Foot 3
By Donna Hilbert

What I knew about beauty,
the summer I turned ten,
I learned from books—
how Mammy squeezed Scarlett
into her corset for that famous
hand-span waist.
I was shaped like a milk carton.
I wore my mother’s old merry widow
under my bathing suit
to push me up and cinch me in.

In the pool I played water babies,
pretending I was a creature
with no earthly life.
I sat on the bottom of the pool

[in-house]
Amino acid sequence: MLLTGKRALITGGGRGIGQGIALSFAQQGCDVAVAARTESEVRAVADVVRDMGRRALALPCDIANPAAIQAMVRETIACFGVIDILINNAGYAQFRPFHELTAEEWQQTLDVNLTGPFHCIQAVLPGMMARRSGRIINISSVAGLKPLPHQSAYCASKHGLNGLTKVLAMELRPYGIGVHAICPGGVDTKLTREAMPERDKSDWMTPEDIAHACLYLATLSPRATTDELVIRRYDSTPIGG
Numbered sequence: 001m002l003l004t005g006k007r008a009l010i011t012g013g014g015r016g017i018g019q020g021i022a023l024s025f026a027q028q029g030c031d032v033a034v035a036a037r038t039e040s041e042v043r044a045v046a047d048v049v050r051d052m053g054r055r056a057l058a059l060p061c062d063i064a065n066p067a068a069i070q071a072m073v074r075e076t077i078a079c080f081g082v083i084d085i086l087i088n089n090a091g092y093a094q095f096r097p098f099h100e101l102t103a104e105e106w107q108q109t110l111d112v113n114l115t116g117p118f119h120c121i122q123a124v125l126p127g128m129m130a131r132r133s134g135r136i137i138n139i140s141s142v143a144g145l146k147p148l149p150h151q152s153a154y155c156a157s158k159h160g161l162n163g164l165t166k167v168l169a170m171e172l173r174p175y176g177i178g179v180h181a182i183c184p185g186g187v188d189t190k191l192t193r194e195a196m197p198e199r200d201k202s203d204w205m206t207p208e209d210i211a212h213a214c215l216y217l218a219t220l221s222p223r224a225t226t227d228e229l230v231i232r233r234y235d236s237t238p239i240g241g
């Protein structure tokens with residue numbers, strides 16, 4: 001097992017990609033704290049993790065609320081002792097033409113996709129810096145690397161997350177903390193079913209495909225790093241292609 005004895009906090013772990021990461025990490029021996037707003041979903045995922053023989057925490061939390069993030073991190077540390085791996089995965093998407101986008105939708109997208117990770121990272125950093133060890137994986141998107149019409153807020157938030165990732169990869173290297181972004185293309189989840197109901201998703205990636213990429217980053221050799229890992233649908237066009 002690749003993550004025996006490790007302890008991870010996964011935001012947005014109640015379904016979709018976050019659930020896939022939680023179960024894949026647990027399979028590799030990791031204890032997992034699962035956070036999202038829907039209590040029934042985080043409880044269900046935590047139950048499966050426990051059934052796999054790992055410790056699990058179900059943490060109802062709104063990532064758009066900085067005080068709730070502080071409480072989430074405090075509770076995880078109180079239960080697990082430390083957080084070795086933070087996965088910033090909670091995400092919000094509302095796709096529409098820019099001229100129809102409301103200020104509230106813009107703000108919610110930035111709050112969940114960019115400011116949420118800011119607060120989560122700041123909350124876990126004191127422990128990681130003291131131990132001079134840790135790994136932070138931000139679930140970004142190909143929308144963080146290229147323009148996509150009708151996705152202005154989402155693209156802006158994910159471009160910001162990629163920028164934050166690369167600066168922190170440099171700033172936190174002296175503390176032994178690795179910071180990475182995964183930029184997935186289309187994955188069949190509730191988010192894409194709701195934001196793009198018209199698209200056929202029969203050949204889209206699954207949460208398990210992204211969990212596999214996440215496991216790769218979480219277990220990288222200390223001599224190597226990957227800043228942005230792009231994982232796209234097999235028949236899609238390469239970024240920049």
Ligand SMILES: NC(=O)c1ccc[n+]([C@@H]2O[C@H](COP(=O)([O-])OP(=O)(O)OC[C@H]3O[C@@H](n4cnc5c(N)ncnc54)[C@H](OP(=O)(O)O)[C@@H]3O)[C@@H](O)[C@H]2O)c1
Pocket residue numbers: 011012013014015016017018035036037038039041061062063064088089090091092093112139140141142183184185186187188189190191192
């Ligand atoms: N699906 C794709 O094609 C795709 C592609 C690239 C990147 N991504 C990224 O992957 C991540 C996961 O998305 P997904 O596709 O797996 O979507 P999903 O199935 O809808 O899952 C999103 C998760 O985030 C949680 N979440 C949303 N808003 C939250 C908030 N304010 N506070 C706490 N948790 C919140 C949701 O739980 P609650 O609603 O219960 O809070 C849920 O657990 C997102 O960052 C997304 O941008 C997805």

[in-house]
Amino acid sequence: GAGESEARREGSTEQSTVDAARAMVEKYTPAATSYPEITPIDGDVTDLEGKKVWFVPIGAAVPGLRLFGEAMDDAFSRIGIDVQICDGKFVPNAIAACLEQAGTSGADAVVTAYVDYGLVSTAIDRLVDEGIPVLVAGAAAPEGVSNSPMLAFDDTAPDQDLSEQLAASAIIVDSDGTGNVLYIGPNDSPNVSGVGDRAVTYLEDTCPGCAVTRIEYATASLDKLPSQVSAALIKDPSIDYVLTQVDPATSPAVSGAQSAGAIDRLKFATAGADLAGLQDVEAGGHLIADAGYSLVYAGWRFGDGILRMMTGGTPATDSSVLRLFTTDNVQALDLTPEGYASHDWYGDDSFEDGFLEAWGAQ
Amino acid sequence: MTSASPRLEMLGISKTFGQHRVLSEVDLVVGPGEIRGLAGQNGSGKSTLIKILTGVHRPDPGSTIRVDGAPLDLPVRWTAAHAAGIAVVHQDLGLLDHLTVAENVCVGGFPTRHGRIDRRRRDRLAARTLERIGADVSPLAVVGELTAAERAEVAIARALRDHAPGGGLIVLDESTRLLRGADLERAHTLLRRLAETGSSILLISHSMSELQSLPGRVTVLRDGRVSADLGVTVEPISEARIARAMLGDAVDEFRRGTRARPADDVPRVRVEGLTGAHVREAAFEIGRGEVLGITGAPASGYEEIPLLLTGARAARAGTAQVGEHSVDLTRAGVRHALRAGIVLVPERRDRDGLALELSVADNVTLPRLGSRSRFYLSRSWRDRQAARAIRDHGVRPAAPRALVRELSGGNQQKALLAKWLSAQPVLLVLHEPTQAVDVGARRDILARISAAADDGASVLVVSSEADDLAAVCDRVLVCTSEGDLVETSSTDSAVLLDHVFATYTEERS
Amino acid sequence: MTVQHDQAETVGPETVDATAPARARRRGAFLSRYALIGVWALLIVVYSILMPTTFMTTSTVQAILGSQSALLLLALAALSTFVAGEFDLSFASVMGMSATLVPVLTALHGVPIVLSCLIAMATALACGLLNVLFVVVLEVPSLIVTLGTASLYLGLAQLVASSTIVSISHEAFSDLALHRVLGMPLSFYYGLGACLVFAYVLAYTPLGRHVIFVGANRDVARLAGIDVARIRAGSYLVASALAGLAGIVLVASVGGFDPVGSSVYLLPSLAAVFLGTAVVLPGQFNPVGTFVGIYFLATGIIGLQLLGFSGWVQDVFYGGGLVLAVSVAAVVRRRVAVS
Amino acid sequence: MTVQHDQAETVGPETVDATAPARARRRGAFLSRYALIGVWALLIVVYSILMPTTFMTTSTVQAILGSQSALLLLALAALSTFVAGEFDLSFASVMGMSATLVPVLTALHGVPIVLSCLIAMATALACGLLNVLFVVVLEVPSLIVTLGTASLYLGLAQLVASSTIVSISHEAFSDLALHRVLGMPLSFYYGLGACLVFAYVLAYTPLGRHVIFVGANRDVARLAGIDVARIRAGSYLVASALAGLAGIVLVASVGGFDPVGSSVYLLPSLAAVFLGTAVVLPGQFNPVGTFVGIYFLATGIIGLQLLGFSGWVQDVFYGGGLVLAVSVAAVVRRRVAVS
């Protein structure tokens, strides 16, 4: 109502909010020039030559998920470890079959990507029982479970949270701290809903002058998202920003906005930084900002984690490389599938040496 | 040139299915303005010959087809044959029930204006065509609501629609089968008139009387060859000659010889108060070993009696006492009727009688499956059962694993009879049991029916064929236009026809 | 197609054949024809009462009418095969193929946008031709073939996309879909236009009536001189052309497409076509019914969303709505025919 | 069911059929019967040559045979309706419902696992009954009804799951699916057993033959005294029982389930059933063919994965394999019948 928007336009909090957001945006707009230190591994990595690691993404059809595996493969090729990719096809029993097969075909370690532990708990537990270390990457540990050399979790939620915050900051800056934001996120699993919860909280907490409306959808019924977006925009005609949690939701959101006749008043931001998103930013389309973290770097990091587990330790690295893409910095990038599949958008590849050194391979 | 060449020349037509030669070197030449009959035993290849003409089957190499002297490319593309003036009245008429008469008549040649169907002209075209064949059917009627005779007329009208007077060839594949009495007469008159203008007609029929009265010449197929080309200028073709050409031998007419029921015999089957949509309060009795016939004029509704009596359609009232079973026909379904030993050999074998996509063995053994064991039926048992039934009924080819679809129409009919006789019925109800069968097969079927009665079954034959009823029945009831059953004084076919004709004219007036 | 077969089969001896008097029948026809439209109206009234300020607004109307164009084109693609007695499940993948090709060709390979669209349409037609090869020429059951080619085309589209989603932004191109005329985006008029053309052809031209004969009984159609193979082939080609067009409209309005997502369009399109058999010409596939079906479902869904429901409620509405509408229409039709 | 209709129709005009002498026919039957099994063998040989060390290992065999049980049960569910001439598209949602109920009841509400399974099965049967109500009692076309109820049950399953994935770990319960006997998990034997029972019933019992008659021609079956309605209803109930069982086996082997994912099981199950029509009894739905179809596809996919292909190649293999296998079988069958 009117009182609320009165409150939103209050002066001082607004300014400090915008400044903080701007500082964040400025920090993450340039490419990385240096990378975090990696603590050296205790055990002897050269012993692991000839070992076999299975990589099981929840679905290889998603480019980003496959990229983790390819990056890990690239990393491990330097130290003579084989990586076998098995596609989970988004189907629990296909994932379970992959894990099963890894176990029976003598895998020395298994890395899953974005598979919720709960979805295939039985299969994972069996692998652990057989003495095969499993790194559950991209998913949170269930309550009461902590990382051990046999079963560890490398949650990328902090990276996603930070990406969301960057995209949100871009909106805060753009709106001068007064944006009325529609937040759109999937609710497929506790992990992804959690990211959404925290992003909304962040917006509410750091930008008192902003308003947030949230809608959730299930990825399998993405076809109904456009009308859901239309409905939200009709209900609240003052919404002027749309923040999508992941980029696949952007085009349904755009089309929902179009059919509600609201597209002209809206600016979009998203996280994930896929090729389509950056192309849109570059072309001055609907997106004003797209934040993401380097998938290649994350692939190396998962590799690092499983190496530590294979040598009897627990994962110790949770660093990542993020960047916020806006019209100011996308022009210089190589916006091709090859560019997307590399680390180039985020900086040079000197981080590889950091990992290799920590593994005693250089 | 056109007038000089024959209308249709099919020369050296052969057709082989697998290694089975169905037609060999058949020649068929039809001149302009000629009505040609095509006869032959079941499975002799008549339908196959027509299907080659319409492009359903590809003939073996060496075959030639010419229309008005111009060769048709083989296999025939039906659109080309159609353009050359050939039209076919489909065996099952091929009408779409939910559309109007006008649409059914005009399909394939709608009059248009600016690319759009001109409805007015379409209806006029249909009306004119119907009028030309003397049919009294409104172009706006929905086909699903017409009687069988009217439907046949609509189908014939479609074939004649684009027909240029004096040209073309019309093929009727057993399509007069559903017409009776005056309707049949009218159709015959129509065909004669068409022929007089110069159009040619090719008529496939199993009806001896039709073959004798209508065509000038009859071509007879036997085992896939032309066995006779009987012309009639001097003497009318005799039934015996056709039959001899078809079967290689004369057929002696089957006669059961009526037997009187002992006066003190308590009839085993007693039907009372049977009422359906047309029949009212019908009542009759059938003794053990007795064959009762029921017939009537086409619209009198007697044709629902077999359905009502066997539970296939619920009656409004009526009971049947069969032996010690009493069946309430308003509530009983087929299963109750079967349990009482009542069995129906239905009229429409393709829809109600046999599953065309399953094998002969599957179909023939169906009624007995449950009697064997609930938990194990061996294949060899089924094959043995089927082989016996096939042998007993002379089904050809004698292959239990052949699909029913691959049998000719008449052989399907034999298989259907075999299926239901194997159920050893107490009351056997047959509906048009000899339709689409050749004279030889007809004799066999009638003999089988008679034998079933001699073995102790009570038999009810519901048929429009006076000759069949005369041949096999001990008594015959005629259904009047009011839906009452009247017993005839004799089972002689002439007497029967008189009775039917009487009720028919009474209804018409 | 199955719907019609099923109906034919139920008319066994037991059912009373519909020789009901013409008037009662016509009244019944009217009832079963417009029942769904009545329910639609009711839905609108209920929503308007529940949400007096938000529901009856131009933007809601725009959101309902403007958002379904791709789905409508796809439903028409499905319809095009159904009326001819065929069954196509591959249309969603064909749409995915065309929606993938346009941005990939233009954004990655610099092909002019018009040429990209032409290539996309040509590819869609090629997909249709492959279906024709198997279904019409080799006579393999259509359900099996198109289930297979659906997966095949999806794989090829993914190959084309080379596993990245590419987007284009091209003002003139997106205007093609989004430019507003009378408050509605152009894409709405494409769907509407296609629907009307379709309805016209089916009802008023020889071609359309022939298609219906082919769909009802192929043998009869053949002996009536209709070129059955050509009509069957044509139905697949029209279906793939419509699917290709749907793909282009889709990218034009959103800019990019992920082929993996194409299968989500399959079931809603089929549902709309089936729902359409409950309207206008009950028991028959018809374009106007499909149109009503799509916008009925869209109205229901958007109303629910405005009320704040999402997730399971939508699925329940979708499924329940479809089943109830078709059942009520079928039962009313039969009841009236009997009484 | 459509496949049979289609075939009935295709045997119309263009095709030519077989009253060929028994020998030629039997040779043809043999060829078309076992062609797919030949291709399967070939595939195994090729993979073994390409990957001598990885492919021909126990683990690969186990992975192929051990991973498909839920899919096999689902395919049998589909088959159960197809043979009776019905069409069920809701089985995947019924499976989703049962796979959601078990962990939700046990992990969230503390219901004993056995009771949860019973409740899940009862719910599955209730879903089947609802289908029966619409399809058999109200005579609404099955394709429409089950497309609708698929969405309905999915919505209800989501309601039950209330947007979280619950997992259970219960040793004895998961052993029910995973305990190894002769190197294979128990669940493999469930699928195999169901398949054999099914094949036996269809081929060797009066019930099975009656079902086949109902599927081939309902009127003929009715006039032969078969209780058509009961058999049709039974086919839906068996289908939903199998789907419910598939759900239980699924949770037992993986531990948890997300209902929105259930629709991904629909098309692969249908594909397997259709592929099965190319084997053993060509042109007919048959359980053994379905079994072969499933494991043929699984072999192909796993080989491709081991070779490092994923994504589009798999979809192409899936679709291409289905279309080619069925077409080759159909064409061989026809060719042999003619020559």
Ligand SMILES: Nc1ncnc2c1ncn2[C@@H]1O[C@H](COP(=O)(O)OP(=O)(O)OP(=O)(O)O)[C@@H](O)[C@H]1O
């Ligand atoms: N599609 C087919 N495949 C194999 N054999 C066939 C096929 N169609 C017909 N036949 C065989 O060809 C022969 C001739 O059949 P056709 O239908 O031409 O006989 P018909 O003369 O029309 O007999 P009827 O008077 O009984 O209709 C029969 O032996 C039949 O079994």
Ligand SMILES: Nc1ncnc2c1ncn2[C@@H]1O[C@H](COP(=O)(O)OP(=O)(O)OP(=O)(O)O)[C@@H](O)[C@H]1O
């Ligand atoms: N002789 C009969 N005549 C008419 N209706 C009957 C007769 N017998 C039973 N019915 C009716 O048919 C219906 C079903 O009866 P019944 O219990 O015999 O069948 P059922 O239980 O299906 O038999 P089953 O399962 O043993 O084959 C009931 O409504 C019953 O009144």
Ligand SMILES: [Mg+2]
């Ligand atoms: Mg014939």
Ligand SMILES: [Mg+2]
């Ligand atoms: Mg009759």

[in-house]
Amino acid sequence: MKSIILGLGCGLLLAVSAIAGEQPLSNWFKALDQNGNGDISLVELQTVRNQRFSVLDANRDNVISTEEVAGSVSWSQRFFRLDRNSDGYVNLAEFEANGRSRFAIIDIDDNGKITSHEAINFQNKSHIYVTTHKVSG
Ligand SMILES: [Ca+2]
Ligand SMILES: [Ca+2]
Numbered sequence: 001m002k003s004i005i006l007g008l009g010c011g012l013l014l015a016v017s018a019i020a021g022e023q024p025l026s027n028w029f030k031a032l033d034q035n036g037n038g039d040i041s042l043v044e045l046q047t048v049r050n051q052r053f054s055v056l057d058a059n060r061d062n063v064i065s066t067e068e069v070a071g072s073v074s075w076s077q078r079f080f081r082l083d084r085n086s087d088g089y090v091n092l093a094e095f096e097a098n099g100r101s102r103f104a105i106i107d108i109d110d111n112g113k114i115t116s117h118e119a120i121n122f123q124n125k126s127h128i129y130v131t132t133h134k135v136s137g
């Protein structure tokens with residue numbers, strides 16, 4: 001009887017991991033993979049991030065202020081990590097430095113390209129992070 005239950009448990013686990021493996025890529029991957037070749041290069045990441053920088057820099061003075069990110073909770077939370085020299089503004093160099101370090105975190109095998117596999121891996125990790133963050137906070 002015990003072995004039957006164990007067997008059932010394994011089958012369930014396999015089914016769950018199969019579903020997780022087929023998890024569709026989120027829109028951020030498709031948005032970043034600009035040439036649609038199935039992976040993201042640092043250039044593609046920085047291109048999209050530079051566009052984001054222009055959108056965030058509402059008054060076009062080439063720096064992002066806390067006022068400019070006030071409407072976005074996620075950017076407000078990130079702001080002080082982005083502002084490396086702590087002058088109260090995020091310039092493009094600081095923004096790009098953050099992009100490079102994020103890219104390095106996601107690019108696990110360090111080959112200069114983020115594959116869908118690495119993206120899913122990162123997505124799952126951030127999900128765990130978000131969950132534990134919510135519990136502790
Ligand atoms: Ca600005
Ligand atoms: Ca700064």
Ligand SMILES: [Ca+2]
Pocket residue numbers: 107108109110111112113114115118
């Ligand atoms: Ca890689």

until the need for air
propelled me to the surface
where I would turn over and over,
somersault into exhaustion.

I don’t remember his face, just the gray
wires that grew down his belly
disappearing into his black trunks.
This old man, who held me
like a bowling ball,
his thumb in my crotch,
fingers splayed across
the bald arc of my pelvis,
this man who tossed me
into deep, deep water.

From Deep Red

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